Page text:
Truth and Fiction in Typography
Designers are always thinking about the best font choice for a given project, and there are a lot of factors that go into that decision. Should the font be serif or san-serif? Modern or traditional? Serious or fun? Wide or narrow? Is legibility important, or can we push it on the style? What age group should this font connect with?
It’s well understood that typography can dramatically impact how a given design is perceived. But can a font choice go so far as to sway us into believing something is true?
Are You an Optimist or a Pessimist?
Errol Morris of the NY Times did a sneaky little experiment a few years back where he quizzed readers under the guise of finding out “Are You an Optimist or a Pessimist?” But the real data he was collecting had to do with readers’ responses in relation to the font in which the article’s key points were presented. And his results indicated that Baskerville was the most trusted or believable font of the choices provided (Baskerville, Georgia, Computer Modern, Helvetica, Comic Sans, or Trebuchet). He followed up on the results with a two-part essay in the Times, which has now been published in a 44th edition of the Pentagram Papers, designed by Pentagram’s Michael Bierut and Jessica Svendsen. This is serious business: “The Pentagram Paper is fully illustrated with charts and diagrams supporting Morris’s investigation. Bierut and Svendsen redesigned and expanded the infographics that originally appeared with the essay on the Times website, and also fleshed out Baskerville’s story with historical visuals. All of the typography in the volume, save for the illustrations of the original quiz in different fonts, appears in Baskerville.”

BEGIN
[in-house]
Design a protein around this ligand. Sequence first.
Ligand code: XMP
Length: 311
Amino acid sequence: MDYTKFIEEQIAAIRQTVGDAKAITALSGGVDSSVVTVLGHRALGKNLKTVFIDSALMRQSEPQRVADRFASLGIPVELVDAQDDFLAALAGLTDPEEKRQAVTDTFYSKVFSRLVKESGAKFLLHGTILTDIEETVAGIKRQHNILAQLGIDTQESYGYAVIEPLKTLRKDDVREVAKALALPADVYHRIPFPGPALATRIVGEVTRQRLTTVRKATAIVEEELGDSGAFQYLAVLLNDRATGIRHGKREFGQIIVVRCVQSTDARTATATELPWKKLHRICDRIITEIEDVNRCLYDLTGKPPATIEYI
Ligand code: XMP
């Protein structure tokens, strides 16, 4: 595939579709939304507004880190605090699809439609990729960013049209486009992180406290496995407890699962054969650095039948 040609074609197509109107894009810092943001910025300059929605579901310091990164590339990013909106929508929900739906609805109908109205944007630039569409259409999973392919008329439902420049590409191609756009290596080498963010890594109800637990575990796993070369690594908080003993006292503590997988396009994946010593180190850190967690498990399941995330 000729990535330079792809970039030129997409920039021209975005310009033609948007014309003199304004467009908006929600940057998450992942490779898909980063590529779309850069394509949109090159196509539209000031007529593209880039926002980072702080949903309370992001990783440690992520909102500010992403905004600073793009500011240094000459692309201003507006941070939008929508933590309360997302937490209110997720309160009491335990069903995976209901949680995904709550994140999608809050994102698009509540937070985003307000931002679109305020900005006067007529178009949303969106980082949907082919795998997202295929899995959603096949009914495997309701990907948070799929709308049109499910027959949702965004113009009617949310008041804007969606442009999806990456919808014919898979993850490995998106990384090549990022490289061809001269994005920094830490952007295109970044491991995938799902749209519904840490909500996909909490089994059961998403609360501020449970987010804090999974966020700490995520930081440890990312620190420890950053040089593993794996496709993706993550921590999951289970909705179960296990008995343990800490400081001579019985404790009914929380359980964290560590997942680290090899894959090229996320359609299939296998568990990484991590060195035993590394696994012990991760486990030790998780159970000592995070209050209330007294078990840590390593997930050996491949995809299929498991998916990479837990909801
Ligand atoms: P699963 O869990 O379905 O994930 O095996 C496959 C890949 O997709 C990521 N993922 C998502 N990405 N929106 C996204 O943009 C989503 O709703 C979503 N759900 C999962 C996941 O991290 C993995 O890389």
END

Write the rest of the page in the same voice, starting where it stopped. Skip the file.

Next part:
The King’s Speech
Why is Baskerville so believable? Like Bierut says, “In a way, typefaces are the graphic equivalent of the human voice, and each voice has a specific timbre and accent,” he says. “In my mind, Baskerville speaks with a calm, confidence-inspiring English accent, sort of like Colin Firth. No wonder it’s so trustworthy.”
Read an interview with Morris to hear his take on all this. (He now writes all his manuscripts in Baskerville, in case you were wondering.)
I hope I’m not surprising anyone in stating that we all know to avoid Comic Sans by now. I’m also loving the recent resurgence in solid, stately serif fonts on the web…perhaps we’re all seeking a bit more truth amidst the fiction that flourishes online.